Georgia General Assembly Convenes?Republican Leaders Hope to Skirt Controversy

The 2006 legislative session begins today.  With Republicans in control of the house, senate and the governor?s office, political observers expect this year?s session to match expectations, shy away from controversial issues and end quickly.  Although the session can last as long as 40 working days (holidays, breaks and weekends may or may not be included), last year legislators concluded their work in just 39 days.  However, insider intelligence tells us that even with an election in November, we can expect a 40-day session this year.  But the rumor is that the Republican leadership is hopeful of wrapping up those 40 days by the end of March.  

? Election Looms
Every two years all 236 members of the general assembly must seek re-election.  This year will be the first election since Republicans gained control of both legislative bodies.  Although Republicans hold 99 of 180 seats in the house and 34 of 56 seats in the senate, their leaders will most likely shy away from legislative gambles that Democratic challengers could use against them in November.  Meanwhile, Governor Sonny Perdue also faces re-election and will be putting pressure on his republican cohorts to focus on positive, voter-friendly issues.    

? Holdover Bills
Technically a session of Georgia?s General Assembly lasts for two years and is broken into two separate legislative terms.  Because 2006 is the second year of the current General Assembly session, legislation that failed to pass and was not defeated last year is resurrected.    
Governor Perdue Bolstered By Poll Numbers

According to the Atlanta Journal Constitution and Zogby International, 61% of Georgians gave Governor Sonny Perdue a favorable job approval rating and a whopping 70% of Georgians have a favorable opinion of their governor (think he is a nice guy).  This is up significantly from the summer and late spring when his job approval ratings dipped below 50%--a sign of vulnerability for an incumbent.  

The poll numbers suggest that Perdue dodged a bullet in the aftermath of hurricanes Katrina and Rita when he ordered the state?s public schools to close in order to conserve fuel.  His move, which sent parents scrambling to make arrangements for their kids, was thought to have caused the governor some political damage.  The poll numbers suggest that whatever harm the school closure caused was either short-lived or forgiven.

The same poll pitted Governor Perdue against both of his likely Democratic challengers, Secretary of State Cathy Cox and Lieutenant Governor Mark Taylor.  In these imaginary match-ups Perdue comes out the victor 56%-37% against Cox and 57%-31% against Taylor.  Election experts caution not to read too much into these early numbers, as most voters have not begun to pay attention to the race and will only start doing so after the campaigns gear up this summer.  It should be noted that at this same point in 2002, then Governor Roy Barnes had similar positive poll numbers and still lost the election in November.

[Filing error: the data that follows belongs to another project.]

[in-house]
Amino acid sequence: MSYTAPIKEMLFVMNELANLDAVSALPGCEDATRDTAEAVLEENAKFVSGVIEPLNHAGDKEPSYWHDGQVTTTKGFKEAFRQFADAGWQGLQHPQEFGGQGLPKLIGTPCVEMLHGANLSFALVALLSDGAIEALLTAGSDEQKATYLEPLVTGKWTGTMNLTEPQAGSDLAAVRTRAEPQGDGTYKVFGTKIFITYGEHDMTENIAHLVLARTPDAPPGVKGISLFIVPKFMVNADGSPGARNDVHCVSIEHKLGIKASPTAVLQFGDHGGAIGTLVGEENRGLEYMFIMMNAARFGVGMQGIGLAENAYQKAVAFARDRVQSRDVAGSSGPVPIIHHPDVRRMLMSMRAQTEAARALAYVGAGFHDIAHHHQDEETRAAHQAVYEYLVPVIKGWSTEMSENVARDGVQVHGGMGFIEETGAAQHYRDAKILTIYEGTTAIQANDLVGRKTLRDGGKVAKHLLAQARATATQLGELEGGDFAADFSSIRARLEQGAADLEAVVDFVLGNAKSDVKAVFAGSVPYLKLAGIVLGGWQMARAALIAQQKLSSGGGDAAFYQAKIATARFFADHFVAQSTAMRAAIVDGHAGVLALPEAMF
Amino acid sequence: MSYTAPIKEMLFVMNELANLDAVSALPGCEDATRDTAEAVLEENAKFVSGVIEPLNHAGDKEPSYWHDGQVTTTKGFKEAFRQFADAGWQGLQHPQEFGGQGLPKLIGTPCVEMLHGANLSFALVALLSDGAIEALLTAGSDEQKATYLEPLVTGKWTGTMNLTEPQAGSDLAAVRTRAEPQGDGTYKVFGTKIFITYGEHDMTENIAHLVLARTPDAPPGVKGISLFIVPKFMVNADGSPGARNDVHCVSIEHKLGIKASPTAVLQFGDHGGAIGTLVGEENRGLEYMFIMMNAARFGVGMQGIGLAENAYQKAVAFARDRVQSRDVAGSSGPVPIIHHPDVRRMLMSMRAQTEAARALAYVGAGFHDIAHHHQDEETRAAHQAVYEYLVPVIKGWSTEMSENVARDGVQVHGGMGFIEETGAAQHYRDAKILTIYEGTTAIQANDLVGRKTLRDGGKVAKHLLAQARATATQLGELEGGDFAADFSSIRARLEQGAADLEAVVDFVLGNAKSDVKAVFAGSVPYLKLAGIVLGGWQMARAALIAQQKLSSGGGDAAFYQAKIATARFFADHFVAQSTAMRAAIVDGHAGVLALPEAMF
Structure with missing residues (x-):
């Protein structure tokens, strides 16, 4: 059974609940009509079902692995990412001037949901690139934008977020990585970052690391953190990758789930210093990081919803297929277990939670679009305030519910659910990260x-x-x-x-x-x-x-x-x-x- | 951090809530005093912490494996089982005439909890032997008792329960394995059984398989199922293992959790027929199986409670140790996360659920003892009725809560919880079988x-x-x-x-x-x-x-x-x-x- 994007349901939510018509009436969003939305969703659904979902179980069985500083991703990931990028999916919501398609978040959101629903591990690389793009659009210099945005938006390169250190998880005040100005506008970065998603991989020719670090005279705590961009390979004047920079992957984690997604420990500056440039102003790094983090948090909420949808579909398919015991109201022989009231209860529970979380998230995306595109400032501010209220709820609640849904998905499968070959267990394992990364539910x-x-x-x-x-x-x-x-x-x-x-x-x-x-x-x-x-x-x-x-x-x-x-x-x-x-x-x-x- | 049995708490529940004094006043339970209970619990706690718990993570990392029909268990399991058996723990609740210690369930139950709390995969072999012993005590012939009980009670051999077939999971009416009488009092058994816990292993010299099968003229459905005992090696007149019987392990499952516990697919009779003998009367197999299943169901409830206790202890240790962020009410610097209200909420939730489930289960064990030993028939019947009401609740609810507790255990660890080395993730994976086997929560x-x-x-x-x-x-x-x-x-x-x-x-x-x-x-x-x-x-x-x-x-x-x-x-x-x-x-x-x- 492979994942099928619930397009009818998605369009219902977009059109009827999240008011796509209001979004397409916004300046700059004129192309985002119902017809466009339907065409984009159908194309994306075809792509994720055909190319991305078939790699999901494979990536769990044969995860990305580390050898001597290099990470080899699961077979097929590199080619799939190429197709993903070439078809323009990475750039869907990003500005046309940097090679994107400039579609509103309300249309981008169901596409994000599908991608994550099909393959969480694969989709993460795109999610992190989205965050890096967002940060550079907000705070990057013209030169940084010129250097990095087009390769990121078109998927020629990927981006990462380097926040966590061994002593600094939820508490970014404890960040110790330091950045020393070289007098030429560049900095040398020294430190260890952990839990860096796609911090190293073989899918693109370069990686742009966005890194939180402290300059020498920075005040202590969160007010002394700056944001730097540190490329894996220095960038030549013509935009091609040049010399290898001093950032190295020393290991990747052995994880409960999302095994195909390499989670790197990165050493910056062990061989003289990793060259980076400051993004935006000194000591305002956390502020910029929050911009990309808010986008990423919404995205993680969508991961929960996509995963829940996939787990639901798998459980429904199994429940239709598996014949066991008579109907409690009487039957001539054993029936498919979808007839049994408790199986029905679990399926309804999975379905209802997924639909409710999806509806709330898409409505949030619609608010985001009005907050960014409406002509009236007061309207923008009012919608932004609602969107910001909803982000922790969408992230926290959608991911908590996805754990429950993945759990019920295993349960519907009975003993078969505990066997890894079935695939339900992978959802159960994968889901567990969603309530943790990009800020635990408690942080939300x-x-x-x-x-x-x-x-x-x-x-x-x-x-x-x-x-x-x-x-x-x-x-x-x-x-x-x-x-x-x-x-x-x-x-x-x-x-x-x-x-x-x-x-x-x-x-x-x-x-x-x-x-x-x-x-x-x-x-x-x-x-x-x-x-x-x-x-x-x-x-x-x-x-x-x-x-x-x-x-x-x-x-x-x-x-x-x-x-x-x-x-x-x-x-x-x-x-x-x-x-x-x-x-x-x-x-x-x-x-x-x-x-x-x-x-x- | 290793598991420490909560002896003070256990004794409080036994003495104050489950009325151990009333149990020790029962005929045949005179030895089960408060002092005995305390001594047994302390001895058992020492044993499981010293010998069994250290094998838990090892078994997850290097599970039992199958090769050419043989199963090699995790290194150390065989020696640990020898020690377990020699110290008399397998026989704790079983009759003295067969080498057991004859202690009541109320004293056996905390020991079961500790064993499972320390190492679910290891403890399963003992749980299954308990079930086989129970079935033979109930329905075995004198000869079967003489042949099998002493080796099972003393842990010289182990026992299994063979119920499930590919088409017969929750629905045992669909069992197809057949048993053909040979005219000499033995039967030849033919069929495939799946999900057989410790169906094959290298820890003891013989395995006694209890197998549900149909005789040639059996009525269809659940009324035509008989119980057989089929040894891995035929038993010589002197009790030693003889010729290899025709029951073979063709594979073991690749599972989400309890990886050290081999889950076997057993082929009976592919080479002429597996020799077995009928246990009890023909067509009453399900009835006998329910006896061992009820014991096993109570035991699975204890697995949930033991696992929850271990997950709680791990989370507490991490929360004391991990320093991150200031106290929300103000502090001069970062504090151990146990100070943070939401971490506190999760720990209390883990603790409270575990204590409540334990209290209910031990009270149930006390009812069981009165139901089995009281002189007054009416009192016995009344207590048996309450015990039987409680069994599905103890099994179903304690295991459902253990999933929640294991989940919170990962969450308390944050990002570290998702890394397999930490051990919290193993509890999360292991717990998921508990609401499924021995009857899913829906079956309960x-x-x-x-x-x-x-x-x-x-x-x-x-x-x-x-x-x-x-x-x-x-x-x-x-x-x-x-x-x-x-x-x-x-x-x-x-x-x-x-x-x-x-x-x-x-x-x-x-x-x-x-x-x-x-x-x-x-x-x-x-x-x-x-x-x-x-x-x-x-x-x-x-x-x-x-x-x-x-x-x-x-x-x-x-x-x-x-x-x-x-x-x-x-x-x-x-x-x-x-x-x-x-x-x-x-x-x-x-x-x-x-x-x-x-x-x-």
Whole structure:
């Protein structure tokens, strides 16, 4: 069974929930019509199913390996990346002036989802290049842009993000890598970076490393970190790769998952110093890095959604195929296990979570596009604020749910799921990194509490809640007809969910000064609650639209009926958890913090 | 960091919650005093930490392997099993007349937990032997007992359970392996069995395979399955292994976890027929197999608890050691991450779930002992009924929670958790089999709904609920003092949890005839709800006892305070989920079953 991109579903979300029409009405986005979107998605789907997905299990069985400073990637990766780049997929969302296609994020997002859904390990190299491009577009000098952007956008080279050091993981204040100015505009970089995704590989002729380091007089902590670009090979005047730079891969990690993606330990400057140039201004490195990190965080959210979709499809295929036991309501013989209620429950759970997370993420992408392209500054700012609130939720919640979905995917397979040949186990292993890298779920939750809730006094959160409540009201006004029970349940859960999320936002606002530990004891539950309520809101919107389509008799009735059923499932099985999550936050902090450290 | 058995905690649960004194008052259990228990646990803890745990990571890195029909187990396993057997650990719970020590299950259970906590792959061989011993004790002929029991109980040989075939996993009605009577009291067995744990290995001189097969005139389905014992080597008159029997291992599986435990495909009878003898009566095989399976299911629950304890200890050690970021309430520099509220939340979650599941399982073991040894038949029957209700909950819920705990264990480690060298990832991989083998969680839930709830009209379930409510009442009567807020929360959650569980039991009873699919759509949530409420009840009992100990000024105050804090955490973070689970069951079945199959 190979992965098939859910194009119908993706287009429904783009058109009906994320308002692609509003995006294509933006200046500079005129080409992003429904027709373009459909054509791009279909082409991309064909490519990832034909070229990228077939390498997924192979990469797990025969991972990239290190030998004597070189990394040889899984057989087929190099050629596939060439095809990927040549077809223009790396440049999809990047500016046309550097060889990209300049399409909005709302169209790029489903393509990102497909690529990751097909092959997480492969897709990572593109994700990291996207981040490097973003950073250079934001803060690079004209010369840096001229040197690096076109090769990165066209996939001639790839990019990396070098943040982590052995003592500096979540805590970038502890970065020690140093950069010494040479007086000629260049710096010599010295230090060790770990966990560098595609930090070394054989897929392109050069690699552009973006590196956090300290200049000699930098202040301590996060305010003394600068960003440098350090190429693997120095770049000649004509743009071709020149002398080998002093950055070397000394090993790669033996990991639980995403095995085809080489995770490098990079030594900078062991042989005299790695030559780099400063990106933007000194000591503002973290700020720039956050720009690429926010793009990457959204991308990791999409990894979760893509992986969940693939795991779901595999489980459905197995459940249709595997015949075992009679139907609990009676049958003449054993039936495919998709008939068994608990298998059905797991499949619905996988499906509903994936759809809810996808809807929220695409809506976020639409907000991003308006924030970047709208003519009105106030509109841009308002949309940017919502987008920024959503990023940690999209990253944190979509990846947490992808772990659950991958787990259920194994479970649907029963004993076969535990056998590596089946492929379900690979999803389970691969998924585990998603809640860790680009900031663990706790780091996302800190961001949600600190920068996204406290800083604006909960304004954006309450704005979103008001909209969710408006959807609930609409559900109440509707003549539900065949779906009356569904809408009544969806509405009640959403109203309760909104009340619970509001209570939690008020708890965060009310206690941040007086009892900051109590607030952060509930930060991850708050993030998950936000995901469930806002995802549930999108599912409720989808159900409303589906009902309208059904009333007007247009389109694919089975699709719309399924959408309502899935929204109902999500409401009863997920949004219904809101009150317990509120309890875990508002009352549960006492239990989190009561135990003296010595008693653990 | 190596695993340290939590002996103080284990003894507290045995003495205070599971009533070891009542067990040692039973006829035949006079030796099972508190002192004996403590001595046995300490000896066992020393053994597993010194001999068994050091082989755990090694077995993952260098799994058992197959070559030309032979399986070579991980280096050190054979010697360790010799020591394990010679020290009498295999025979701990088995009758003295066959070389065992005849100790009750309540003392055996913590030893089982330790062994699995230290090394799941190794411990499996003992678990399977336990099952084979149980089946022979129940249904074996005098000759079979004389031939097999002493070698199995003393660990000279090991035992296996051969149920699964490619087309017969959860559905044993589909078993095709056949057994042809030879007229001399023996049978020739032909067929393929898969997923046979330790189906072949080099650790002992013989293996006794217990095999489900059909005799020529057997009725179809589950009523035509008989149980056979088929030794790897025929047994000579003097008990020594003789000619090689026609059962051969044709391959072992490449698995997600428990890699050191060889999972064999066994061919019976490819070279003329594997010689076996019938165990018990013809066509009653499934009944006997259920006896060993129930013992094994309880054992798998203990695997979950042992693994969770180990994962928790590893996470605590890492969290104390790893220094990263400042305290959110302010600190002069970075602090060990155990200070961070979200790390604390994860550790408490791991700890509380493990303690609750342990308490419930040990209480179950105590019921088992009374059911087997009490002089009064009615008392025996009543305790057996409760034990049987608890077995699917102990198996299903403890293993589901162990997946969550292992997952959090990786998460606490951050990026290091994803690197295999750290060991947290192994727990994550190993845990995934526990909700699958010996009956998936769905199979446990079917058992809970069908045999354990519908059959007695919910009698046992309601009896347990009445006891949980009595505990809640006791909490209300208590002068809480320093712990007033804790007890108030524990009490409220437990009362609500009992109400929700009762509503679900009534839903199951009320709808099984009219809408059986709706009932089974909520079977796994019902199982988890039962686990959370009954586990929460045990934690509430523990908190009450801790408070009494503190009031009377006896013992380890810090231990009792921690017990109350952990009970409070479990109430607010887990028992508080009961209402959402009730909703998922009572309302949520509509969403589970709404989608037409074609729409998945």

House Republican Leaders Deny Having Set List of Priorities

In just one year of power, house Republican leaders seemed to have learned an important lesson about managing expectations.  With an election just months away, house leaders are asserting that they carry no formal priorities into this year?s legislative session.  While we know leaders have been touting their agenda to individuals on a one-on-one basis, they have intentionally refrained from putting their goals on paper.  Republican leaders have apparently learned that they face being charged with failure by their opponents or the press if just one of their priorities is not reached.  
State Ethics Commission Fires Director

Last week the State Ethics Commission dismissed its executive secretary, Teddy Lee.  Lee, a Democrat, held the position for fifteen-years.  The five-member ethics panel is theoretically independent and removed from political squabbles.  However, elected officials appoint its members.  Three of the four members who voted for Lee?s dismissal are Perdue appointees, and Democratic Speaker Terry Coleman appointed the fourth.  The only vote to retain Lee came from an appointee of Democratic Lieutenant Governor Mark Taylor.

Lee was upset by the move and blamed the commission?s decision on ?political meddling.?  Lee?s highest profile case involved fining Governor Sonny Perdue in June for violating campaign finance laws in the 2002 election.  This was the first ever censure of a sitting governor by the ethics commission.    

In a news conference that followed the panel?s decision Lee said, ?I know that when someone in this business is removed, it?s usually because they were doing the job they were supposed to,? he said. ?In a logical world, no one gets fired for doing the job they?re supposed to. But when politics invades ethics enforcement, it ceases to be about logic and fairness and it becomes only about power.?